Yep, just checked my HP envy X2 and it's power supply is only a 20 watt, so it could run it for quite a while before the battery would die. My older laptop used a 90 watt and it could drain the battery pretty quickly. If his 13" is like mine, the 2 laptop battery's will run it for at least 10 hours while watching movies.
 

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Car and motorcycle batteries are not deep cycle batteries and are not designed to be used as camping power supplies. Every time you discharge the battery, you shorten its life.
 

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Discussion Starter #12
Laptop charging

THanks for the replys. I'll be on the road for 10 weeks in the EU. I was trying to avoid to many extras. I looked at the inverter, a power hog and its larger that I would like. The 12v to 19.5 step up looks like a standard lighter plug, small and just gets warm when charging without any fan. I'm running charging tests with HP 2x battery charging with MC only. I'll see how long it take to fully charge.....
 

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I wanted to add more to this topic the other day, but I have been pretty heavily doped up on narcotics lately, making it difficult to think clearly. :lol: I hope this is still helpful.

Even though I question whether it is a good idea to charge a laptop or power the laptop without the alternator running, the following should give you a good idea of how much drain you are looking at.

A 12 volt adapter is nearly identical in design to a 120VAC adapter, except for the input circuitry. Both the adapters use switching power supplies to generate the regulated 19VDC that the laptop needs. That means that you can estimate charge time with the DC adapter by using the AC adapter in your home. The charge times will be the same.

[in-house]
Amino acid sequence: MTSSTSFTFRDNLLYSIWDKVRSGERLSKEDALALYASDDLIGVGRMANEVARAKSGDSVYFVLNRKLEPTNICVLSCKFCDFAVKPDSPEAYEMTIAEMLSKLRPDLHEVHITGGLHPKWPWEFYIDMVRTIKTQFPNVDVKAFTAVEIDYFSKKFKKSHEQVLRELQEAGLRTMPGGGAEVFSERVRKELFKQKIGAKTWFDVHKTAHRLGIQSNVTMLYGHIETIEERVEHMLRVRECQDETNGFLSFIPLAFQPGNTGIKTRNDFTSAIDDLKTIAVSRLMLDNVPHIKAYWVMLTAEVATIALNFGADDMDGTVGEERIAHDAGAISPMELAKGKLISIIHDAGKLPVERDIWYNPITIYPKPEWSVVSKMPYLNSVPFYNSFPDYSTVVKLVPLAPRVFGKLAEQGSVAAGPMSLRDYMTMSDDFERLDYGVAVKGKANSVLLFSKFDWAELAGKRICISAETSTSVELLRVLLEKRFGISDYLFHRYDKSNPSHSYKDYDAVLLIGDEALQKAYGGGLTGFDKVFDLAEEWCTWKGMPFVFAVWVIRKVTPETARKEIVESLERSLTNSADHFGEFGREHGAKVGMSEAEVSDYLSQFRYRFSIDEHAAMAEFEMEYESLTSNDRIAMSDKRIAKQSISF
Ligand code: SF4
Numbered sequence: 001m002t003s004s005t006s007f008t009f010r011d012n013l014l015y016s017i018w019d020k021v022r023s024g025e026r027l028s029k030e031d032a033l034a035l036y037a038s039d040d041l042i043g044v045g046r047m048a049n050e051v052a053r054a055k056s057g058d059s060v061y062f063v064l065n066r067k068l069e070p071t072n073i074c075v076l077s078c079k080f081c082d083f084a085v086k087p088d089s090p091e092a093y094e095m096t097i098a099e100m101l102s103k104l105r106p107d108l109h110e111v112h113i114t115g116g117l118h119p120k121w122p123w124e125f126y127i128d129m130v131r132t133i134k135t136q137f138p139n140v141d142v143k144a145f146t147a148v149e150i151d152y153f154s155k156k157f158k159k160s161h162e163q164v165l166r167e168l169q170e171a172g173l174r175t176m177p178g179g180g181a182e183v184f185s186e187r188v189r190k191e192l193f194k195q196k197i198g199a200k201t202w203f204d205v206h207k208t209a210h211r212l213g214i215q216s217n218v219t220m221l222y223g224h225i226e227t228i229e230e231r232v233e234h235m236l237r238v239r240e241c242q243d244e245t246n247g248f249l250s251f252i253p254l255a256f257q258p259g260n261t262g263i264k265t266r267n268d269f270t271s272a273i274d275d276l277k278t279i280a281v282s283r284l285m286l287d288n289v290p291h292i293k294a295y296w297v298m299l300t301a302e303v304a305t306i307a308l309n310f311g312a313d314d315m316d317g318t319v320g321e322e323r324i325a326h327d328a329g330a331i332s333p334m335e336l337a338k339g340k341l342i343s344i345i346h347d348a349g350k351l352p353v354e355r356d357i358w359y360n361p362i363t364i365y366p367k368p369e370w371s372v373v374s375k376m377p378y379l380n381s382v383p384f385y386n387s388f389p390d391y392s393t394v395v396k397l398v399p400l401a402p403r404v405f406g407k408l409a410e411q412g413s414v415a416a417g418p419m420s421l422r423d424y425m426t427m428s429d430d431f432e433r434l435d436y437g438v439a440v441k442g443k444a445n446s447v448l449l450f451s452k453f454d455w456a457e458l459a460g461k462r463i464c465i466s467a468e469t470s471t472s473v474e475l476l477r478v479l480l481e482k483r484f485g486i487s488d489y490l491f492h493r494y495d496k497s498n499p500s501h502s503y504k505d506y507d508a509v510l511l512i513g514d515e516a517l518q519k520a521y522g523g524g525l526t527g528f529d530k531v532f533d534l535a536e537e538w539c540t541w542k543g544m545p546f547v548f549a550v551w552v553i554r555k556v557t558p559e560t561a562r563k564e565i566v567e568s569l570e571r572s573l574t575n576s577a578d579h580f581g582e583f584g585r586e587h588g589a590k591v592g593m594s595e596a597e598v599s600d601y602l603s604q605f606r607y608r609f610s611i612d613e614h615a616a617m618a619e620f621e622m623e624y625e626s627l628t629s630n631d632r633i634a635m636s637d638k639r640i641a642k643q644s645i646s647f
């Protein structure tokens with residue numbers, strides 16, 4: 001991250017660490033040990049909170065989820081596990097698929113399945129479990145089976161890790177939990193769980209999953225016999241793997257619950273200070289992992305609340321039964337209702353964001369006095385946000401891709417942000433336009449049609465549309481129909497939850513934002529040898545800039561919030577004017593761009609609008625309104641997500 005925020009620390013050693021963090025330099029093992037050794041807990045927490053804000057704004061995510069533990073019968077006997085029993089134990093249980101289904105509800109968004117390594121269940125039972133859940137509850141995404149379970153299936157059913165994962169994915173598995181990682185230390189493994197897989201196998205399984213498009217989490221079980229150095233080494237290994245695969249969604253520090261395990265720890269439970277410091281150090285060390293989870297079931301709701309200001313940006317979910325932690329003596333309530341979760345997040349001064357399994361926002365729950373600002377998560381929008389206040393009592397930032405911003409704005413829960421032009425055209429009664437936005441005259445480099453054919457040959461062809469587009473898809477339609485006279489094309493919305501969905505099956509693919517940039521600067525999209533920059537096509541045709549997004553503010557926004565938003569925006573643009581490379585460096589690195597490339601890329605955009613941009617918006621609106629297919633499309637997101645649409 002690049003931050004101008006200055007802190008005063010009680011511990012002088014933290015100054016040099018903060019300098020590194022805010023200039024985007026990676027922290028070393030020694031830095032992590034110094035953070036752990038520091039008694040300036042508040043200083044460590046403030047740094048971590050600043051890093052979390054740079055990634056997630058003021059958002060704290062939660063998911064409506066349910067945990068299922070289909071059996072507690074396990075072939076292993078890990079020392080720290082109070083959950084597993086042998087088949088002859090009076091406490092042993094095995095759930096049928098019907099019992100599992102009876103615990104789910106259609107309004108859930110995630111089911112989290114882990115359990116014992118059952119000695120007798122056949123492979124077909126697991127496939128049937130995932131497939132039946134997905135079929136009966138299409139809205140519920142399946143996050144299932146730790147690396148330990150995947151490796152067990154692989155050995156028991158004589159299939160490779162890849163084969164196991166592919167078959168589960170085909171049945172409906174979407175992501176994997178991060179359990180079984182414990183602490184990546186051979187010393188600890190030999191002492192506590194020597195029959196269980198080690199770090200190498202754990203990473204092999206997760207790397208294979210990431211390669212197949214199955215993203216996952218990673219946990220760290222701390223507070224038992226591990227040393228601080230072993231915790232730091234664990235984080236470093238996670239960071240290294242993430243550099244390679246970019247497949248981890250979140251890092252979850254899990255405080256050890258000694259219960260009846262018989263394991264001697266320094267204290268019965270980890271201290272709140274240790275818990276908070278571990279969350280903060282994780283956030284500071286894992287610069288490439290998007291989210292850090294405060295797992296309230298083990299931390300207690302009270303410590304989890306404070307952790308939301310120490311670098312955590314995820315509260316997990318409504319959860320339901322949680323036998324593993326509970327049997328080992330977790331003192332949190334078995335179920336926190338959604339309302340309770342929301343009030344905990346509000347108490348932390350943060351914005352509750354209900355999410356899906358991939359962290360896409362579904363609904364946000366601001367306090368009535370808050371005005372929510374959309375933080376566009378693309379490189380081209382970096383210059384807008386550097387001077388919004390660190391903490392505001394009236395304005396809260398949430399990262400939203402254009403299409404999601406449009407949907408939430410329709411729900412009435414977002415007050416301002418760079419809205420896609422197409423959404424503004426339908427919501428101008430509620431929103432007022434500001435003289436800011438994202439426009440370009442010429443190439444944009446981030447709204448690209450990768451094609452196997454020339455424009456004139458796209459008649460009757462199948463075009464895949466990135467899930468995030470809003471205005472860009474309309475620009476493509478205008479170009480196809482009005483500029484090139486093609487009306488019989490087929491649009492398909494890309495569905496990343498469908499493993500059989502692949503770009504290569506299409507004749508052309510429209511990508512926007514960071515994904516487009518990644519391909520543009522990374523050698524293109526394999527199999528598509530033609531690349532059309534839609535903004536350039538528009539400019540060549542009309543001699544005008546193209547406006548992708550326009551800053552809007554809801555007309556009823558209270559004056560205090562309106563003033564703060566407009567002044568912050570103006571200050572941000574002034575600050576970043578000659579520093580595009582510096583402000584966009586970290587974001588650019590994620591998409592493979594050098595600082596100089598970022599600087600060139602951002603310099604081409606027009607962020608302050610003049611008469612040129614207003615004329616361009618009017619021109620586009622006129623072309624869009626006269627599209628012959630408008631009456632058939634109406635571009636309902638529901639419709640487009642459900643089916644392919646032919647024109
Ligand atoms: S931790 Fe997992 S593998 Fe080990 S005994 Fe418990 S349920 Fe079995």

Many people make the mistake of using the rating of the adapter to calculate the power drain on the battery. That rating is nothing more than the power supply's capacity, not the amount of wattage that will be drawn by the laptop or its battery. The laptop will only draw a percentage of that power.

To determine how much power the battery will draw, look at the battery's amp/hr rating, and then add 25% or so for charging losses and power consumed by the adapter. To determine how much the laptop draws, look at the power rating on the bottom case of the laptop. Keep in mind that you can lessen this load significantly by using the laptop's energy saving features and keeping the display brightness down.

When power draw is a concern, such as in this case, whenever possible, use the adapter that was designed for that laptop, or one whose specs match the factory adapter. Many aftermarket adapters are far more powerful than they need to be. Using a 90W adapter when you only need a 40W adapter will cause you to waste power, because higher wattage power supplies waste more power internally.
 

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Discussion Starter #14
Thanks Larry, I love a good Electronics lesson. I'm going to take a picture of all my electronics before and after the trip, just to see what I really needed and what I pitched. That goes for all my gear generally after ten weeks I'll have some trad ups..